Turkish minister defends competition law criticised for threatening privacy
Turkish Trade Minister Ruhsar Pekcan defended a new law governing competition saying the government has harmonised legislation with European Union standards.
The law better meets the needs of dynamic markets and will attract foreign investors, Pekcan said on Wednesday, according to the state-run Anadolu news agency. The legal changes, which replace legislation first drawn up in the 1990s, take effect on Friday.
The governing Justice and Development Party (AKP) passed the new law through parliament last week. It allows the competition authority to inspect and make copies of sensitive company documents and data. The new rules will be applied in particular during investigations into monopolies, according to the legislation.
Turkey’s biggest businesses have warned the AKP and its political allies, the Nationalist Action Party (MHP), that they risk spooking investors by giving the competition authority such powers.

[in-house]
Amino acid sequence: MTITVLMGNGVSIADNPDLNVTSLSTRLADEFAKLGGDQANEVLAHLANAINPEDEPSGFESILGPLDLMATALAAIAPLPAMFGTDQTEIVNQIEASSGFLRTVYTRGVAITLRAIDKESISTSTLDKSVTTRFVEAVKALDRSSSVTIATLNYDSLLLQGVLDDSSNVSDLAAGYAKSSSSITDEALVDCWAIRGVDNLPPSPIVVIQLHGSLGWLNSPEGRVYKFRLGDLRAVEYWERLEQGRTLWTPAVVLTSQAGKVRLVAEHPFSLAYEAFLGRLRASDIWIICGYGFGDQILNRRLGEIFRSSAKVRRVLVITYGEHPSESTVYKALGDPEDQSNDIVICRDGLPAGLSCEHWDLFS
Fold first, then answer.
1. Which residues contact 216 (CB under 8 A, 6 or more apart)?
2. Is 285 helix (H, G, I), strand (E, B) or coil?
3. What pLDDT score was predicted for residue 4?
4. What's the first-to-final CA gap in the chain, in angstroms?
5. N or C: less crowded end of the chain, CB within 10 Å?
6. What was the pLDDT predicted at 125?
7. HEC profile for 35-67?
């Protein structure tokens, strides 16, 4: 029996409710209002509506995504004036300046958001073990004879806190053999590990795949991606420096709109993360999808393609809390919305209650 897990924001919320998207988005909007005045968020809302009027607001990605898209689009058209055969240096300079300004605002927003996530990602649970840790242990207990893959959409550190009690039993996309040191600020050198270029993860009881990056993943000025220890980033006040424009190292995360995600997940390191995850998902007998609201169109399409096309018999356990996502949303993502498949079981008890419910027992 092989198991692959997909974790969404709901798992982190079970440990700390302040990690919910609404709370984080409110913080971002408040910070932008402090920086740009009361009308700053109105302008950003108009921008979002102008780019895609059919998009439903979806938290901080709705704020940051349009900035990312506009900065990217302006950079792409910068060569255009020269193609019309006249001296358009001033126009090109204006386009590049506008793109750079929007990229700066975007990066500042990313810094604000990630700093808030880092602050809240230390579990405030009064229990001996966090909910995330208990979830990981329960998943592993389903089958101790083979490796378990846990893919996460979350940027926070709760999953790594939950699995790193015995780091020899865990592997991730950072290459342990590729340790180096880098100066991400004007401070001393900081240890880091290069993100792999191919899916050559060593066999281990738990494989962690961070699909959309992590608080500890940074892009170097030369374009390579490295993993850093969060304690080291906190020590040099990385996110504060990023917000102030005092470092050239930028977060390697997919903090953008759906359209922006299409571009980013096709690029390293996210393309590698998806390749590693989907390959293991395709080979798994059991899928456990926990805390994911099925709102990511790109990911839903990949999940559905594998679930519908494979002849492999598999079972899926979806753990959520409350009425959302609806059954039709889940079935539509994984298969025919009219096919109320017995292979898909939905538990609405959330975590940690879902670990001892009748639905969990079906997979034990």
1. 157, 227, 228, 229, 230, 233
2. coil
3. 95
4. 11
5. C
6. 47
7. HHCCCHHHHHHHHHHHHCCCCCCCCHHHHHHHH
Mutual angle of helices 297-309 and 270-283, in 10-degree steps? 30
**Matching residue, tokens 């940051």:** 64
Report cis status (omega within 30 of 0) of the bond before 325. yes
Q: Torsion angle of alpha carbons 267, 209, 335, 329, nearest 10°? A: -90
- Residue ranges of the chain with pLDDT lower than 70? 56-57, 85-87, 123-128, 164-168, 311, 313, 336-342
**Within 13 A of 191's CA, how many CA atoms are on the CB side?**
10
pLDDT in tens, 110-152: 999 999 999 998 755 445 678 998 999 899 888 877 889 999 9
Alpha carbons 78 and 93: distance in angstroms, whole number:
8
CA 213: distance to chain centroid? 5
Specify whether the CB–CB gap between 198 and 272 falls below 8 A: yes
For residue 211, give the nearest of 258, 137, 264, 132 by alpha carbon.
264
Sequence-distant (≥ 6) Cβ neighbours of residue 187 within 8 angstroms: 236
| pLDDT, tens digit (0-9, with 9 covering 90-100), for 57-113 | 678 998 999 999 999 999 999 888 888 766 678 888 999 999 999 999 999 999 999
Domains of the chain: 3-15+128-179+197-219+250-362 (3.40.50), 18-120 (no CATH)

The law could reduce motivation for new investment and deter foreign investors and their partners from growing their businesses in Turkey, especially in sectors where data security is increasingly important, the Turkish Industry and Business Association (TÜSİAD), which comprises Turkey’s largest companies, said in a letter to lawmakers earlier this month.
In the case of claims concerning violations of the right to competition, the new law will streamline the investigation process and allow companies to negotiate and find solutions with the competition authority, Pekcan said.
"This will ensure that the investigation process is shortened and concluded quickly, public costs caused by the litigation processes are reduced, and public resources are used more efficiently," she said.
There will also be new measures to counter monopolies, Pekcan said.
Companies will have to first get permission from the authority should they want to buy another firm or merge, she said.